Harder than steel. 20 years ago I was extremely hard on watches, especially crystals and after going through $400-$600 watches every year or two, I broke down and bought a Tag stainless steel and sapphire crystal watch. I still find it hard to believe the abuse that watch has taken over the last 18 years and looks like new. The stainless shows wear, that looks like microscopic scratches, that barely noticeable with the eye and the crystal is unscratched. I had slammed the crystal against uneven stone one time, to the point it bruised my arm underneath the watch and not a scratch. A battery every 7 years and never a problem or a scratch.

  • AndroidBot

    Sapphire Glass will still break if dropped?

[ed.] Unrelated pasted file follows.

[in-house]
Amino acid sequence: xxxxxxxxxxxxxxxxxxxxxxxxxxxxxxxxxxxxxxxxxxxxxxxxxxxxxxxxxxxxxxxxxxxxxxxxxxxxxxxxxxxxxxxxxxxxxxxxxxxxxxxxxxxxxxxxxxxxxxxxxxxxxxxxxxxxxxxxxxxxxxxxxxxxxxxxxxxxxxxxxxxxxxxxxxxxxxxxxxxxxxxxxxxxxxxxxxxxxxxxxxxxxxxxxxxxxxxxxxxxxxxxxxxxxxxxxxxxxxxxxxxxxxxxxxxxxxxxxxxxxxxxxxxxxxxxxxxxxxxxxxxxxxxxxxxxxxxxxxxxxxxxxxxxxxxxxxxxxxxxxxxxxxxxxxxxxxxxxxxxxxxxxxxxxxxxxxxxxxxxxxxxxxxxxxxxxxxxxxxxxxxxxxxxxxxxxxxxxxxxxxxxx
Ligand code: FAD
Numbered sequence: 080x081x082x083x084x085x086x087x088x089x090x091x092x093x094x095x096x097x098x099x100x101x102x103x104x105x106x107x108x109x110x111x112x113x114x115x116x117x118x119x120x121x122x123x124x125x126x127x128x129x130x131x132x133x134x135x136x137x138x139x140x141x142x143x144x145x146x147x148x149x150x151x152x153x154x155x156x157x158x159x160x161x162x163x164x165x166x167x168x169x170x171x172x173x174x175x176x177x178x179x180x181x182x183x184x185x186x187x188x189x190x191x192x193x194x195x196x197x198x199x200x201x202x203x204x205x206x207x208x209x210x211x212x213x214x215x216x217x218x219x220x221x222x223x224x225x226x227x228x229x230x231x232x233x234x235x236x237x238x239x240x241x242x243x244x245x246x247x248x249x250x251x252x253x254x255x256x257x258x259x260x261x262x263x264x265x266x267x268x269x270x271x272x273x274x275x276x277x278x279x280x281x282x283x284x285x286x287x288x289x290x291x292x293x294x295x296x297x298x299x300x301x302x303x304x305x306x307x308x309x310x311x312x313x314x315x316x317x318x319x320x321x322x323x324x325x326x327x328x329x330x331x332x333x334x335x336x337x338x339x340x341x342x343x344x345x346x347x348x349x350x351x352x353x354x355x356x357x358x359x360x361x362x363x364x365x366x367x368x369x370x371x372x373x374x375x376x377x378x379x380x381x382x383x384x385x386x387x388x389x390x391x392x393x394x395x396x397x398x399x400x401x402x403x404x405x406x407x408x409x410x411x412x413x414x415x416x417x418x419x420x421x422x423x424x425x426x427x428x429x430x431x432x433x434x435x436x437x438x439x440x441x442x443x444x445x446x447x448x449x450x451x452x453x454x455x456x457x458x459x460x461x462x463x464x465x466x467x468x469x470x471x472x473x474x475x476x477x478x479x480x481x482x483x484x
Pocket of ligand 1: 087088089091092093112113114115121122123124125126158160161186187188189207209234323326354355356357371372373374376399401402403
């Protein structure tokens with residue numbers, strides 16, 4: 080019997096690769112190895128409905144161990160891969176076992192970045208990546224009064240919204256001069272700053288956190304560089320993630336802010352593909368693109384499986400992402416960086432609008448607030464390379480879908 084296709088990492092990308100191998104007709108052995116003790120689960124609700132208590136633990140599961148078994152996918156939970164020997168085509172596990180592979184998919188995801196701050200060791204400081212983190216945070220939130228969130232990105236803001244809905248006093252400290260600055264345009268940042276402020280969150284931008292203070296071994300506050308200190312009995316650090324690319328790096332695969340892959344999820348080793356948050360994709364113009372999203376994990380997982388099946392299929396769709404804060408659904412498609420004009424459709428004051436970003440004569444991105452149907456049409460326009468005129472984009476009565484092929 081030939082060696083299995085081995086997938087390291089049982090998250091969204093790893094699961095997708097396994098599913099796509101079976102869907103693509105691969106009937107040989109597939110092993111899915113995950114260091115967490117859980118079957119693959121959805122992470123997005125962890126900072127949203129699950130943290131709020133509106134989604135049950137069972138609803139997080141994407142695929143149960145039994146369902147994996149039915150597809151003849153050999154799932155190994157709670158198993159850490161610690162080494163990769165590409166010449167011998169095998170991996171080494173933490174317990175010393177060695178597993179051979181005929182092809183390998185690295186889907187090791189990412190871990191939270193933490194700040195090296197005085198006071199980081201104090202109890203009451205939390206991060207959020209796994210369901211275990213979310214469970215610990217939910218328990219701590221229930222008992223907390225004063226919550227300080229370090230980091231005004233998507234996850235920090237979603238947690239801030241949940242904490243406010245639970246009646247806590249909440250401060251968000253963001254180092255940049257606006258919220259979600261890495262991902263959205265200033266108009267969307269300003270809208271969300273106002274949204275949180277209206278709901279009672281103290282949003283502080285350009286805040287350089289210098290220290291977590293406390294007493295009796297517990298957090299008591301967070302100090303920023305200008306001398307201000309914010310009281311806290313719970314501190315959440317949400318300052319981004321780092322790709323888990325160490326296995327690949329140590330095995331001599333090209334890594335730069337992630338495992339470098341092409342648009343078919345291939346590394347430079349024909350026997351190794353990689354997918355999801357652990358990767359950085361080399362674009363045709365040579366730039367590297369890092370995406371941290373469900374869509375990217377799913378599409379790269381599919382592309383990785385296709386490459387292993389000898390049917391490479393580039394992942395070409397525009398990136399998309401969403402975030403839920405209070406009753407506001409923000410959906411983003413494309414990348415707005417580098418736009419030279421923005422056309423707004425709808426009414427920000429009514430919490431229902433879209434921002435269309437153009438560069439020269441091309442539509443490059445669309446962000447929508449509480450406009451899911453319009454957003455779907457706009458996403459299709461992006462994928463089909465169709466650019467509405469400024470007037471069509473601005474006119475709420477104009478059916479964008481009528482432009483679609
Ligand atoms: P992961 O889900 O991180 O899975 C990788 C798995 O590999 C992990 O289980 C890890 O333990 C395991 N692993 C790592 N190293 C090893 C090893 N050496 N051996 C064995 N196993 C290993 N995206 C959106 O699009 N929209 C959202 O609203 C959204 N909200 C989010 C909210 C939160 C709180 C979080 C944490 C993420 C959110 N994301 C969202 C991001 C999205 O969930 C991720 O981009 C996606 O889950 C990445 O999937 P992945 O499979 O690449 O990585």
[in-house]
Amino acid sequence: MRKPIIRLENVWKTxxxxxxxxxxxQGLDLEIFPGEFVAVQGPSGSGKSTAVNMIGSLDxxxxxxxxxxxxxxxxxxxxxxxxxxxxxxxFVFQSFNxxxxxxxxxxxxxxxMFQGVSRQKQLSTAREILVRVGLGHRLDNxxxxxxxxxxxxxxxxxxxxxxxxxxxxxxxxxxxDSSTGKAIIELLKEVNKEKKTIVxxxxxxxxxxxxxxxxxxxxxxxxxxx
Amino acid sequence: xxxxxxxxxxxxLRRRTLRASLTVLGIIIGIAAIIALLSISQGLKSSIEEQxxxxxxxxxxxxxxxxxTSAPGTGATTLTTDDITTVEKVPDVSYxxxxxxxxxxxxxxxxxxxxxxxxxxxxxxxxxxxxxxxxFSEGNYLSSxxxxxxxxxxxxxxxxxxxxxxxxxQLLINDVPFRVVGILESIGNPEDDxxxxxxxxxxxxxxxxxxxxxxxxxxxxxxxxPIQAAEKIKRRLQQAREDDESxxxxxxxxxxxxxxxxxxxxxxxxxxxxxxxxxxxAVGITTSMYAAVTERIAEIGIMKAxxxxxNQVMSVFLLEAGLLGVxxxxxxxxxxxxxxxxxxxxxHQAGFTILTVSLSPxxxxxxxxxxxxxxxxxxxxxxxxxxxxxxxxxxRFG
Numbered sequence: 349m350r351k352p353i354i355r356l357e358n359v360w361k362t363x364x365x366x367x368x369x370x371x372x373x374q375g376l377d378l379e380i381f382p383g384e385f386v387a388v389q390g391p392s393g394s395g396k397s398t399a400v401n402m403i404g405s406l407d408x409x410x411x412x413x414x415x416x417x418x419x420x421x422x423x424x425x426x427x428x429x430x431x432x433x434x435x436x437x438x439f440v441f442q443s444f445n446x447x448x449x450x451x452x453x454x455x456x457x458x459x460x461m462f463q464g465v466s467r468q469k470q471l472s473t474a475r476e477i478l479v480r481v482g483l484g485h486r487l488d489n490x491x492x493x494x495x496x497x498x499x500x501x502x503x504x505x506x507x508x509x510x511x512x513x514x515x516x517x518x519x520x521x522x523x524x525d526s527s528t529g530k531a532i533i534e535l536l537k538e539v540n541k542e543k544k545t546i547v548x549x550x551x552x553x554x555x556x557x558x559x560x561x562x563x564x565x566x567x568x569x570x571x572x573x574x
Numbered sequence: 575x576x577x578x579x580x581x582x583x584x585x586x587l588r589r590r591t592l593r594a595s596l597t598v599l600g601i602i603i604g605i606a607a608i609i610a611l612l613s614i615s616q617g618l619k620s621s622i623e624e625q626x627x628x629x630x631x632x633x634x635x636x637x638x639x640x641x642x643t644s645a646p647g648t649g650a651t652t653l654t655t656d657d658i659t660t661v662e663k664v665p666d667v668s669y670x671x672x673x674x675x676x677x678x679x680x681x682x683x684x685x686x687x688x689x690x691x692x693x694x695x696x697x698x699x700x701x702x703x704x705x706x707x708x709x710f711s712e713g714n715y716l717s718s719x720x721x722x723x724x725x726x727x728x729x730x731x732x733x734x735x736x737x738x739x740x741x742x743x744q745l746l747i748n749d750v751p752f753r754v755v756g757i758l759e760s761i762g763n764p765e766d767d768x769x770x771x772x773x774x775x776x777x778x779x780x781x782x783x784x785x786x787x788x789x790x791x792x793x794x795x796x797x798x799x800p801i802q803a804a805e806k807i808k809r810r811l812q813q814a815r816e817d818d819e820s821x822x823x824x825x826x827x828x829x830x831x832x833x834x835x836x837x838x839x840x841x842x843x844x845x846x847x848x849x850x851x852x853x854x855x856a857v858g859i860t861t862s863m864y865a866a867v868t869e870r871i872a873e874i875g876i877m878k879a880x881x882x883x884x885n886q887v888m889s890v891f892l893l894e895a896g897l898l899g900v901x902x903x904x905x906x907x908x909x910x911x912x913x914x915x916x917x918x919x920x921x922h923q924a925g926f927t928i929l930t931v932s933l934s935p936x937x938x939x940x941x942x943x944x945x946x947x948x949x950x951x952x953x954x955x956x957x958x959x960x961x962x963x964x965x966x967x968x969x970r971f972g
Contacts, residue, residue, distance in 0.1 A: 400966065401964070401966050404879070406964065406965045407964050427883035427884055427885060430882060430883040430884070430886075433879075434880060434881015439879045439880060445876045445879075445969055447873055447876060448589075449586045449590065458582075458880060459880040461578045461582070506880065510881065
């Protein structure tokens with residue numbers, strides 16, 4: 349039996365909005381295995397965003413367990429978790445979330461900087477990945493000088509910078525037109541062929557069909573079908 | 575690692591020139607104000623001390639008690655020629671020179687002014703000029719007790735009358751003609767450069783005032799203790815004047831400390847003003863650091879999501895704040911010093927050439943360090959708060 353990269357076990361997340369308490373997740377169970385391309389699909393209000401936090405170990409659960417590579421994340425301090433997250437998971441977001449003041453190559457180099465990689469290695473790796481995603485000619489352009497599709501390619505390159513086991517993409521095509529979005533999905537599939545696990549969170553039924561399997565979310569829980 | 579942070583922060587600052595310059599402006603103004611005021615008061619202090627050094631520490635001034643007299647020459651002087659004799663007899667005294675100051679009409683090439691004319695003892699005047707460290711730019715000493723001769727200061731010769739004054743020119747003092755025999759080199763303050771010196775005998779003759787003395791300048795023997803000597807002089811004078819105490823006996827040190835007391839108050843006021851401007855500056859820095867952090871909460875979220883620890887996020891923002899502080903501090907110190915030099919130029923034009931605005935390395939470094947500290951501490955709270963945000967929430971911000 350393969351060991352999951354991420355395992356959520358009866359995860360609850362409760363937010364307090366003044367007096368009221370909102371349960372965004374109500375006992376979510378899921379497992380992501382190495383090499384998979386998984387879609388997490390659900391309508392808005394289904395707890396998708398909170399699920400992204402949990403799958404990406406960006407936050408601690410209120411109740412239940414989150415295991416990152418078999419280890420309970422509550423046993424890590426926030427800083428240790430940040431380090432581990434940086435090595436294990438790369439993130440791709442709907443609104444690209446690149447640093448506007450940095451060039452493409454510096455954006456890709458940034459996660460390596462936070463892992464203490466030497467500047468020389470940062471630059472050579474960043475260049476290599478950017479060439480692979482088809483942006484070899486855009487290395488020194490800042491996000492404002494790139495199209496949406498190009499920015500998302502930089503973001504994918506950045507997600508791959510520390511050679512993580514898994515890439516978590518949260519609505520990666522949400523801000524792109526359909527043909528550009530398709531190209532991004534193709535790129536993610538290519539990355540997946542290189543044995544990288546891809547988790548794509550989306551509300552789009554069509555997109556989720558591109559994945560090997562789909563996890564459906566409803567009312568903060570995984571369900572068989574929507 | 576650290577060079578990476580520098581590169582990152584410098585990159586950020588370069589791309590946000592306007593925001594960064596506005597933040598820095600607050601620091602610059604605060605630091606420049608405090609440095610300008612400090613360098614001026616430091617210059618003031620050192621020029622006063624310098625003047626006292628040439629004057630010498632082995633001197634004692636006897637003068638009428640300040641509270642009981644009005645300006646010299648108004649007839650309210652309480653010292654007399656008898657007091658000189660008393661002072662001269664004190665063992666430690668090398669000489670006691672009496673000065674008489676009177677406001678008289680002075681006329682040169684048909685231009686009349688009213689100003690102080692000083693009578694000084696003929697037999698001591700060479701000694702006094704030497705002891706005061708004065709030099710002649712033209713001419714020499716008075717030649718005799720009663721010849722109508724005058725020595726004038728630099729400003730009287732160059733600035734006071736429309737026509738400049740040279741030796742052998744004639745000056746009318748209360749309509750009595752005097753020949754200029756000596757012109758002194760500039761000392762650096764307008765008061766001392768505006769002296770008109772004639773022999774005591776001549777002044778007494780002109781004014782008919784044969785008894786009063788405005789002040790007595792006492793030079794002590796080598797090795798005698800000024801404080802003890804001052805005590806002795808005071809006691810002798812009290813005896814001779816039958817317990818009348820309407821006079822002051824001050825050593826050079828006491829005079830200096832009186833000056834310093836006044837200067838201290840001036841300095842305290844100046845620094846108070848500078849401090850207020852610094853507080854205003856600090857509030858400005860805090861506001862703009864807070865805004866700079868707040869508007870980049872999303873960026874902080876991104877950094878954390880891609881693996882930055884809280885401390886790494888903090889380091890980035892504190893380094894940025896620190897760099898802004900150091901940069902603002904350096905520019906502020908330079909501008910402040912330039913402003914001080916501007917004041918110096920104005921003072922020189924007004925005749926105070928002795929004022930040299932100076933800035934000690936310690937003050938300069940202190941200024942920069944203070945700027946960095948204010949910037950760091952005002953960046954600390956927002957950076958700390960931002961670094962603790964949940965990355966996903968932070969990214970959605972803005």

• John

      Depends on how it strikes, what imperfections pre-exist, how far it fell, on what kind of surface, etc. Just like with Gorilla Glass, sapphire glass absolutely *can* break if the right conditions are met.

  • https://plus.google.com/u/0/+MichaelDennique1961/posts Michael Dennique

    Yes but is the sapphire glass anti glare proof? I did not see this answered anywhere?

    • Shawn Bissonette

      No, but gorilla glass isn’t eather, its just a special coating they place over it

    • Wendel L